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How to Read A Pet Food Label

Reading a Pet Food Label can be a bit confusing and tricky. How can you be sure you are feeding your pet the healthiest and most nutritious food money can buy? A breakdown about production and labeling regulations might be useful next time you are purchasing food for your pet.

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Industry Standards:

The Pet Food Industry is regulated by AAFCO ( the Association of American Feed Control Officials), the FDA/CVM (Food and Drug Administration/Center for Veterinary Medicine), the USDA (United States Department of Agriculture) and the FTC (Federal Trade Commission). The AAFCO regulations exist so that any brand of food you buy from an honest retailer should contain the vital nutrients your pet needs. The AAFCO is responsible for establishing nutritional standards for each species and lifestage.

Label Meanings:

100% Natural? The FDA has yet to define the word "Natural", and therefore cannot regulate the use of the word on product packaging.

Veterinarian Recommended? The manufacturer must conduct a survey that proves a significant amount of veterinarians do recommend this product. However, "Veterinarian Developed" or "Veterinarian Formulated" only needs one veterinarian to provide proof to this claim.

Ingredients:

It is important when reading a label, to distinguish between ingredients and nutrients. Ingredients contain the nutrients that are essential for the growth and health of your pet. All ingredients are required to be listed in order of predominance of weight. It is essential that a high quality protein be listed as the first ingredient. When a meat is listed on a label it should be muscle meat like beef, chicken, turkey, lamb, or more; only the highest quality proteins. As for vegetarian diets, a combination of pea and whole brown rice will provide complementary proteins. Is the food made with meat or by-products? Chicken beaks and feet are poor sources of protein compared to muscle meat that provide your pet with the whole suite of amino acids needed. There are nine essential amino acids that a dog and cat can not make on their own, therefore, must be provided in their diet. Amino acids are the building blocks of protein and are essential to your pets health and development.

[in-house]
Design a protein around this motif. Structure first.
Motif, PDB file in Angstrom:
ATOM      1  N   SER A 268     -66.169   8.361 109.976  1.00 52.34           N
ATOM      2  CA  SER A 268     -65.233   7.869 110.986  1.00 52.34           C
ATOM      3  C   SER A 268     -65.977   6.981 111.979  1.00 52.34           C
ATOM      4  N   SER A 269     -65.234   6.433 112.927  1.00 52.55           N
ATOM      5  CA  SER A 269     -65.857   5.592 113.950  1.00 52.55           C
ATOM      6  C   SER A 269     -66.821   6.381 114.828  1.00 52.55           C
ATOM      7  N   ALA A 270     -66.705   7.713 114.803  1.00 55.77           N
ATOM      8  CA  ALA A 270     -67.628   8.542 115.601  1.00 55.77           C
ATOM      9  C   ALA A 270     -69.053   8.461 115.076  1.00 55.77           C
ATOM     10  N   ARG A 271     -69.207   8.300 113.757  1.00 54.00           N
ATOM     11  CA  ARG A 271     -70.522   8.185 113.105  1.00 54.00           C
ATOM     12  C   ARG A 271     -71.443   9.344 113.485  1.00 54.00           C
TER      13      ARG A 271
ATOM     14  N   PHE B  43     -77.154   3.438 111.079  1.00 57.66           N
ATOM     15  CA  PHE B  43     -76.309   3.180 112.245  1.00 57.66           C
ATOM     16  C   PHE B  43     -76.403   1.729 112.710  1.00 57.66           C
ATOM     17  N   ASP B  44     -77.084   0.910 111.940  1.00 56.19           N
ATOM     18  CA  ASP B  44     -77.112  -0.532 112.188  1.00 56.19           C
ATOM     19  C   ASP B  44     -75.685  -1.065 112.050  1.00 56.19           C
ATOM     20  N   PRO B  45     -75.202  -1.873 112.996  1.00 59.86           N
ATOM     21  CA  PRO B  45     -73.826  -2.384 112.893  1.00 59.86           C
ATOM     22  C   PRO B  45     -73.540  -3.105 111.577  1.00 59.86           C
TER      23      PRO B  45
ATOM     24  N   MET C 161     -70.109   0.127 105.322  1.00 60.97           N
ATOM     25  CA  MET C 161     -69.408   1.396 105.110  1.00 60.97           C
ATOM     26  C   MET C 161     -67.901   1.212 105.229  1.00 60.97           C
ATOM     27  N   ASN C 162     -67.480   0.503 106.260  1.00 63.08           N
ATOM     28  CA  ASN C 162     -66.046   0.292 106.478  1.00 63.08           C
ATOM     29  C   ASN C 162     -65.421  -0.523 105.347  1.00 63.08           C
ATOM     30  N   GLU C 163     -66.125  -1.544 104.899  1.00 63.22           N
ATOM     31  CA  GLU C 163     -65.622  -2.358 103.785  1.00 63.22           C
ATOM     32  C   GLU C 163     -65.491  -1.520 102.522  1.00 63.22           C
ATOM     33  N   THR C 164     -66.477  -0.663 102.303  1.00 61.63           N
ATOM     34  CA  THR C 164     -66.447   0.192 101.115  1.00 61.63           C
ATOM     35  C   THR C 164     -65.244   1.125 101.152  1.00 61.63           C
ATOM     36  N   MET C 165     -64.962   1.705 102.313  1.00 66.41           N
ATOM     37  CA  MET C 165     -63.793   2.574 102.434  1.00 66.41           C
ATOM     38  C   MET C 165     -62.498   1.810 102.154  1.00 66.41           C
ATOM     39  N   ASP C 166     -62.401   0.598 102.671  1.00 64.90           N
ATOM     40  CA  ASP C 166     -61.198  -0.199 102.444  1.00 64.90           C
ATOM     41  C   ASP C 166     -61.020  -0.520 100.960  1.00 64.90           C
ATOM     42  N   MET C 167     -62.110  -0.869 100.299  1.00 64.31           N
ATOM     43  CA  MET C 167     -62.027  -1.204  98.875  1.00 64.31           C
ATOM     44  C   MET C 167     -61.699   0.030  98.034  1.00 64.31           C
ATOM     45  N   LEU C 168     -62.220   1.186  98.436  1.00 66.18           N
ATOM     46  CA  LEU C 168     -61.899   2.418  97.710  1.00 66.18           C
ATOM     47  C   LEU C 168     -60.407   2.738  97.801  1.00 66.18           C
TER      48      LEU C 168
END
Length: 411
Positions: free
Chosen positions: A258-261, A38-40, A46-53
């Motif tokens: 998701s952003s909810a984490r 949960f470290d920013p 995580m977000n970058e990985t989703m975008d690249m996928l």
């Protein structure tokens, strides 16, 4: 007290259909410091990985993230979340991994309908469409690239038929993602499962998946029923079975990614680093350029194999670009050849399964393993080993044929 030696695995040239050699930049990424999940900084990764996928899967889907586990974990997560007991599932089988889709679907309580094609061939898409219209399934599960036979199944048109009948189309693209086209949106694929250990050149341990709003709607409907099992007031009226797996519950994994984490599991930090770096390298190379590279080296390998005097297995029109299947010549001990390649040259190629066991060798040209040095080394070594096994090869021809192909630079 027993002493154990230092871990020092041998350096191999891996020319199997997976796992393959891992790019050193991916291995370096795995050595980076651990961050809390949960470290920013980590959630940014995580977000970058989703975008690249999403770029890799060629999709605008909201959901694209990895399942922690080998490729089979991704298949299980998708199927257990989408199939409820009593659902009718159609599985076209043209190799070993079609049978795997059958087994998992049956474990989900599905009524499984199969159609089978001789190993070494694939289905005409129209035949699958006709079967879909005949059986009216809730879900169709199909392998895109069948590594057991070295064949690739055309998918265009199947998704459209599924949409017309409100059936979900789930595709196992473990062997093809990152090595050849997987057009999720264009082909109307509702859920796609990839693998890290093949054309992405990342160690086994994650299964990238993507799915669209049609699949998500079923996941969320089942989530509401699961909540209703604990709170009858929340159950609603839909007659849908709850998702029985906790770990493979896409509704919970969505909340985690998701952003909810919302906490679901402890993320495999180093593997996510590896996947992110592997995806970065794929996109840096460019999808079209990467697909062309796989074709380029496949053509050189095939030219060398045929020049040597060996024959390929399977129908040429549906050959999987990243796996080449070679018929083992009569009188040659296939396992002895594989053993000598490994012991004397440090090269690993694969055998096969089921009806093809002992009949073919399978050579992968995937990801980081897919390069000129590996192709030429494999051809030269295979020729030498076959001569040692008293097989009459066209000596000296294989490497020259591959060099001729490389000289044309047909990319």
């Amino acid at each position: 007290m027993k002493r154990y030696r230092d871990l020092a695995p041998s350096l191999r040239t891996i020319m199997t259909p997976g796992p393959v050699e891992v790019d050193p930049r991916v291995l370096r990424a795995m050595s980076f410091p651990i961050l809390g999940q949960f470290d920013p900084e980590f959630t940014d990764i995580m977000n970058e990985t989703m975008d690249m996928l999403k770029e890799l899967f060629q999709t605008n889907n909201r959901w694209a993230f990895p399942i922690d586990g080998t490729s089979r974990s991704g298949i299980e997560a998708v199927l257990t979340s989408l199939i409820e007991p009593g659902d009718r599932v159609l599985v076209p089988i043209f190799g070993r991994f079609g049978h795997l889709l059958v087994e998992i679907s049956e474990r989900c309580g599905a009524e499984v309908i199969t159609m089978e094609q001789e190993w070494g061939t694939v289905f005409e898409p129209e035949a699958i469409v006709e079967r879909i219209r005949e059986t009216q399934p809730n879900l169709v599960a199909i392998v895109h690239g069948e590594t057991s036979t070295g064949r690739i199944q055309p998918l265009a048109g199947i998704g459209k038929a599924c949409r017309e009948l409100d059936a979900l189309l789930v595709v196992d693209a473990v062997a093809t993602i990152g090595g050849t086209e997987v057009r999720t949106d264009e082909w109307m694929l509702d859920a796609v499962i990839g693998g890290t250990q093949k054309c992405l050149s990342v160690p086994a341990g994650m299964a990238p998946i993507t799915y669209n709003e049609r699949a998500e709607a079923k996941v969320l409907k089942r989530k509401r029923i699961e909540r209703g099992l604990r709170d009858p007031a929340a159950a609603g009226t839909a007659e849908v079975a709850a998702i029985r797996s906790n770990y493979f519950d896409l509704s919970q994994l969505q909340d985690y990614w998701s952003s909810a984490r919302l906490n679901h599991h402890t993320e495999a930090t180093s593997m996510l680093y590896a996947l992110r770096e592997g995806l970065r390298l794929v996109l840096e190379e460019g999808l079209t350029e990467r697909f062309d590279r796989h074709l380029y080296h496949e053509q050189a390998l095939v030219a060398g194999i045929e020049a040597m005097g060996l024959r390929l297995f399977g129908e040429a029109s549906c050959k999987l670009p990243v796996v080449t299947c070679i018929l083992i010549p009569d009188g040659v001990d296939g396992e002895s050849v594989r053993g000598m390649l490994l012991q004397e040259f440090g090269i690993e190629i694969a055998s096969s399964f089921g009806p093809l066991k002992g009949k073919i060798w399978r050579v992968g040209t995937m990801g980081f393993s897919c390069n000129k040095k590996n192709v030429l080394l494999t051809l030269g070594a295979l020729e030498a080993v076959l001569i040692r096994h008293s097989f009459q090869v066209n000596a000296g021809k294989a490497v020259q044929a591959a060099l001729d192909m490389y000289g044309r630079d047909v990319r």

Preservatives:

BHA, BHT and ethoxyquin are all preservatives allowed in pet foods. High quality dog and cat foods do not contain any of these preservatives to maintain their freshness because these canned foods are cooked right in the can. As for dry foods go for natural preservatives like Vitamin E (mixed tocopherols) are added to keep these foods safe and healthy.

As a pet owner, you have the right to know what you are feeding your animal. The product label has a wealth of information, if one has a good understanding of how to read it. If you have a question about the product, never hesitate to contact the manufacturer.

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Infographic by PetCo

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4575 E Mesquite Ave,

Palm Springs, CA 92264

Phone. (760) 416-5718

Email. info@psanimalshelter.org

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